Number of pieces a company has been divided into (aka total share count)
The profit one share makes for an entire year
Earnings per share. This is calculated after all the employees have been paid, etc This is the money that is left at the end of the year (per share)
Income statement > Net Income / Basic Weighted Average Shares
Earnings / (Market Shares + Diluted Shares)
When a company says they give stock benefits to the employees, they dont be really giving the existing shares from the market but they provide an agreement on paper. In other words the company is creating more shares even though they’re not on the market, it’s called diluting the company.
This is a more real number than the one that’s reported on the market
Income statement > Net Income / Diluted Weighted Average Shares
P / E Ratio
Price to earnings ratio
For example: If a company’s P/E is 4.5, it means that for every 4.5$ you spend on this company’s share you expect 1$ in return as earnings one year later.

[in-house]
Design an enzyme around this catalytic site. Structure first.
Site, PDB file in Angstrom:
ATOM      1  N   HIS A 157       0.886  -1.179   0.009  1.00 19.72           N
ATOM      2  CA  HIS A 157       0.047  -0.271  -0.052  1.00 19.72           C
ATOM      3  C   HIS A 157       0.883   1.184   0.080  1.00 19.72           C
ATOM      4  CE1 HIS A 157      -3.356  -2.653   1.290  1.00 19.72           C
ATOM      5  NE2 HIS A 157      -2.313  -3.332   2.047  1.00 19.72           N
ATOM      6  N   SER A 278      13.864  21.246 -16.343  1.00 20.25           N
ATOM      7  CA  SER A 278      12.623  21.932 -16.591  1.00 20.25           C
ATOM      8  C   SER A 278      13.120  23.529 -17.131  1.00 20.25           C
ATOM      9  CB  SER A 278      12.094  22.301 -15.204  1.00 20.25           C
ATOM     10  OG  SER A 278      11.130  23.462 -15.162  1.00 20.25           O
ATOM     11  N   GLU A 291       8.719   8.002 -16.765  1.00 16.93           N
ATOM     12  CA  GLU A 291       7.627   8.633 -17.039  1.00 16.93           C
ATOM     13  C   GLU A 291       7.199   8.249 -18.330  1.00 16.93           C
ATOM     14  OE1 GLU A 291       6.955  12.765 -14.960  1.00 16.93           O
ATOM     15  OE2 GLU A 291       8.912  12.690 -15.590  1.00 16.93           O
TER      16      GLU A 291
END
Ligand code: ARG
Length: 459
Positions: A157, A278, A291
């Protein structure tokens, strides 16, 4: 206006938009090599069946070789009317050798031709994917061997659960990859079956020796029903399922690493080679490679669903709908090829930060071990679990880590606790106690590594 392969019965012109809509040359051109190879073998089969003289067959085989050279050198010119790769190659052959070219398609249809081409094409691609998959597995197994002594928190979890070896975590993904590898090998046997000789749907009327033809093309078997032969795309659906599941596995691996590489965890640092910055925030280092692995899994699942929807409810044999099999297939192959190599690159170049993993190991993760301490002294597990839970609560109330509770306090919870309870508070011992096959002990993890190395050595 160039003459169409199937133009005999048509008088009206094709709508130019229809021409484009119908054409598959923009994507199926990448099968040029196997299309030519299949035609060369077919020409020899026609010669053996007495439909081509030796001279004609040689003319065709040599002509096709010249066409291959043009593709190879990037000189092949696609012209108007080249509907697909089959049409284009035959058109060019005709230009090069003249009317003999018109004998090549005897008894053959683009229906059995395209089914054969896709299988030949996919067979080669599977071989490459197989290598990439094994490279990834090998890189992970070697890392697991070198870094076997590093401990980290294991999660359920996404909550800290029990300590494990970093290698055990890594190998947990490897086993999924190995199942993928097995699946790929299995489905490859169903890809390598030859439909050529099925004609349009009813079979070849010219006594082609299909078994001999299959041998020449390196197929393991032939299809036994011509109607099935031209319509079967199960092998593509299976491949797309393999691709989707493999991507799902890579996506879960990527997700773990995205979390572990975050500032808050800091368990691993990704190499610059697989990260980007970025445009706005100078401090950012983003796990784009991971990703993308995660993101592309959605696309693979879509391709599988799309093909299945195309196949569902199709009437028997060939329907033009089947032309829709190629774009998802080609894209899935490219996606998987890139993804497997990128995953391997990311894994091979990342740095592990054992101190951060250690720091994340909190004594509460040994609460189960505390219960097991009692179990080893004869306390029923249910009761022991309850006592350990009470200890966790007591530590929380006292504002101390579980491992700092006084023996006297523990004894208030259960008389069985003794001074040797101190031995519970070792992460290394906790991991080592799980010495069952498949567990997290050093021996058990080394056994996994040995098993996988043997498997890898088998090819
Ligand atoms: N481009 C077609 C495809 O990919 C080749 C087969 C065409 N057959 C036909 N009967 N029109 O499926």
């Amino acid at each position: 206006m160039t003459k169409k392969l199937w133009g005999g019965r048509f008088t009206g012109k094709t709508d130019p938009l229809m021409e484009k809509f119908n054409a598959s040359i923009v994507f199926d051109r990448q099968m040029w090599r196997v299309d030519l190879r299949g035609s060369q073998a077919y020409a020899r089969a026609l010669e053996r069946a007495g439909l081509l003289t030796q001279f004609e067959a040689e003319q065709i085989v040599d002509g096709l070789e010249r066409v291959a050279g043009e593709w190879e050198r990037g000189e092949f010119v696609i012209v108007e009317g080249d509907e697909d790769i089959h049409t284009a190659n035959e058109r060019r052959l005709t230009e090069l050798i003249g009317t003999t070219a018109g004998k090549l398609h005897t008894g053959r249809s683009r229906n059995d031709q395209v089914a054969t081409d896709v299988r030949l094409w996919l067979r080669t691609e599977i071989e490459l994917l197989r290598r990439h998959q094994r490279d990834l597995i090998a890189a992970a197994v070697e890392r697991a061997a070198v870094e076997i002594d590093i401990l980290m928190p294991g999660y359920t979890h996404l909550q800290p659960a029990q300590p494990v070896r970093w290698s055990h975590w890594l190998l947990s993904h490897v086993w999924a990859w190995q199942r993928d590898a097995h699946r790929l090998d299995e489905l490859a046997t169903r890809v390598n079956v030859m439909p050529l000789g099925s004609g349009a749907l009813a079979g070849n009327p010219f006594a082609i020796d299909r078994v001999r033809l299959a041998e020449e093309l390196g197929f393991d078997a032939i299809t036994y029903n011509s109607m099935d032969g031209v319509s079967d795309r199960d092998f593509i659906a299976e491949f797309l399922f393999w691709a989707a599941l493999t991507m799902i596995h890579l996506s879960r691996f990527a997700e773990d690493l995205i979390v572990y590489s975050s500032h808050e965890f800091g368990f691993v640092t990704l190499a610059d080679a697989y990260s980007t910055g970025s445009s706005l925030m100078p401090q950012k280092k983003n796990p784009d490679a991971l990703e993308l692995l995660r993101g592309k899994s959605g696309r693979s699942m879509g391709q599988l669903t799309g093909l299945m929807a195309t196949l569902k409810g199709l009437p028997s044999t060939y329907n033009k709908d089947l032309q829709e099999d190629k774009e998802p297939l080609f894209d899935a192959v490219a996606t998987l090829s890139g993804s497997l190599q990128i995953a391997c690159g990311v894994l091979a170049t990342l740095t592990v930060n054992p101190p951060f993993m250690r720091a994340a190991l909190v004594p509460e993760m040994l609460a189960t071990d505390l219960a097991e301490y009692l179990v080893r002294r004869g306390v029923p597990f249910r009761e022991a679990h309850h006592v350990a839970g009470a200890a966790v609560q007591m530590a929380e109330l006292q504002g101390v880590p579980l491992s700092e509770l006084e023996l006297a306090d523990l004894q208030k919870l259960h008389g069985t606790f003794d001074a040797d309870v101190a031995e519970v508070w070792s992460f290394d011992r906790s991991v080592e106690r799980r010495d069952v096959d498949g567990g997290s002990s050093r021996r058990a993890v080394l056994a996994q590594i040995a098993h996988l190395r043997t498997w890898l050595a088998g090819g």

Market price / EPS
The number of shares traded on a given day
The amount of money you will receive in a year per one share.
If the rate is 2.44, you will receive 25% of it every quarter. If you own 10 shares, you will receive 24.4 instead
Dividend Yield %
Dividend Rate / Market Price
Debt / Equity
Go to Balance Sheet. Add all those “Debt” numbers and divide it by “Total Equity”
Equity of the company per share
MSN Money Stock summary page > Analysis > Key Statistics
Go to Balance Sheet: Total Equity / Shares Outstanding
P / BV
Price to Book Value
If P / BV of a company is 3.4, it means for every 3.4$ you spend buying this company you own 1$ of its equity.
High price to book means you have a very low margin of safety. Safety as in, if the earnings drop the market price will drop pretty soon as there isn’t much in the equity to back up the market price against.
Growth of Book Value over the years
Return on Equity
Net Income / Equity or EPS / BV
Total Current Assets / Total Current Liability
Current Asset → anything that will get liquidated in next 12 months
Current Liability → anything the company pays off to someone in next 12 months
For example if it is 2.68, it means for every $2.68 that the company receives in the next 12 months it has to pay $1 as a liability
Net Debt / Equity
(Debt - Cash) / Equity